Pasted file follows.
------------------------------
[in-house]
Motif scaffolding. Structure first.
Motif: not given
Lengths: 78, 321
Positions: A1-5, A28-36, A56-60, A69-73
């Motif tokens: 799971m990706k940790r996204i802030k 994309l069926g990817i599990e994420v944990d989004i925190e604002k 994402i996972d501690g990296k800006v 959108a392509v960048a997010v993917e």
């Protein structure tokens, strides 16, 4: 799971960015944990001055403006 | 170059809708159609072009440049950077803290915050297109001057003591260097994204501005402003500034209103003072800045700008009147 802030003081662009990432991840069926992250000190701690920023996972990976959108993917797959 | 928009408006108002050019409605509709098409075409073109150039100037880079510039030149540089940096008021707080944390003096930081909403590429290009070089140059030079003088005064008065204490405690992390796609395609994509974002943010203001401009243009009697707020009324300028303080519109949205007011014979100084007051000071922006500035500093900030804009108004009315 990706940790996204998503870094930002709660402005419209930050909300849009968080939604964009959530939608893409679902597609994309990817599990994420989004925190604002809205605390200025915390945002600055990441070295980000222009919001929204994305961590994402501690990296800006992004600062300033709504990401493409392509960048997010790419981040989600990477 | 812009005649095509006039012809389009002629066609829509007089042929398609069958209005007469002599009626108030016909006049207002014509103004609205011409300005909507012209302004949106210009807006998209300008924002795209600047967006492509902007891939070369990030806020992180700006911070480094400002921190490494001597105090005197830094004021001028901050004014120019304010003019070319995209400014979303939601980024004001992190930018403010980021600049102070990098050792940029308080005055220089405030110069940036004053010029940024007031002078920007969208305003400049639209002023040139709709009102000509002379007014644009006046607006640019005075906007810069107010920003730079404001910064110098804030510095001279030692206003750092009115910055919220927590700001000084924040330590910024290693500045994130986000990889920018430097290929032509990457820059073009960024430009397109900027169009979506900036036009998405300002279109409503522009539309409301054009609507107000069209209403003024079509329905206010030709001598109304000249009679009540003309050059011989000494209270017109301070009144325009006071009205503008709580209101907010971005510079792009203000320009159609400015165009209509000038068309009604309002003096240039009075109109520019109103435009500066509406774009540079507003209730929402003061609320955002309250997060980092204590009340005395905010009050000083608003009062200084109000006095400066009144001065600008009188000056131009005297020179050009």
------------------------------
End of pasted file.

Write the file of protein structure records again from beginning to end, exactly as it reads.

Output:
[in-house]
Motif scaffolding. Structure first.
Motif: not given
Lengths: 78, 321
Positions: A1-5, A28-36, A56-60, A69-73
């Motif tokens: 799971m990706k940790r996204i802030k 994309l069926g990817i599990e994420v944990d989004i925190e604002k 994402i996972d501690g990296k800006v 959108a392509v960048a997010v993917e």
């Protein structure tokens, strides 16, 4: 799971960015944990001055403006 | 170059809708159609072009440049950077803290915050297109001057003591260097994204501005402003500034209103003072800045700008009147 802030003081662009990432991840069926992250000190701690920023996972990976959108993917797959 | 928009408006108002050019409605509709098409075409073109150039100037880079510039030149540089940096008021707080944390003096930081909403590429290009070089140059030079003088005064008065204490405690992390796609395609994509974002943010203001401009243009009697707020009324300028303080519109949205007011014979100084007051000071922006500035500093900030804009108004009315 990706940790996204998503870094930002709660402005419209930050909300849009968080939604964009959530939608893409679902597609994309990817599990994420989004925190604002809205605390200025915390945002600055990441070295980000222009919001929204994305961590994402501690990296800006992004600062300033709504990401493409392509960048997010790419981040989600990477 | 812009005649095509006039012809389009002629066609829509007089042929398609069958209005007469002599009626108030016909006049207002014509103004609205011409300005909507012209302004949106210009807006998209300008924002795209600047967006492509902007891939070369990030806020992180700006911070480094400002921190490494001597105090005197830094004021001028901050004014120019304010003019070319995209400014979303939601980024004001992190930018403010980021600049102070990098050792940029308080005055220089405030110069940036004053010029940024007031002078920007969208305003400049639209002023040139709709009102000509002379007014644009006046607006640019005075906007810069107010920003730079404001910064110098804030510095001279030692206003750092009115910055919220927590700001000084924040330590910024290693500045994130986000990889920018430097290929032509990457820059073009960024430009397109900027169009979506900036036009998405300002279109409503522009539309409301054009609507107000069209209403003024079509329905206010030709001598109304000249009679009540003309050059011989000494209270017109301070009144325009006071009205503008709580209101907010971005510079792009203000320009159609400015165009209509000038068309009604309002003096240039009075109109520019109103435009500066509406774009540079507003209730929402003061609320955002309250997060980092204590009340005395905010009050000083608003009062200084109000006095400066009144001065600008009188000056131009005297020179050009």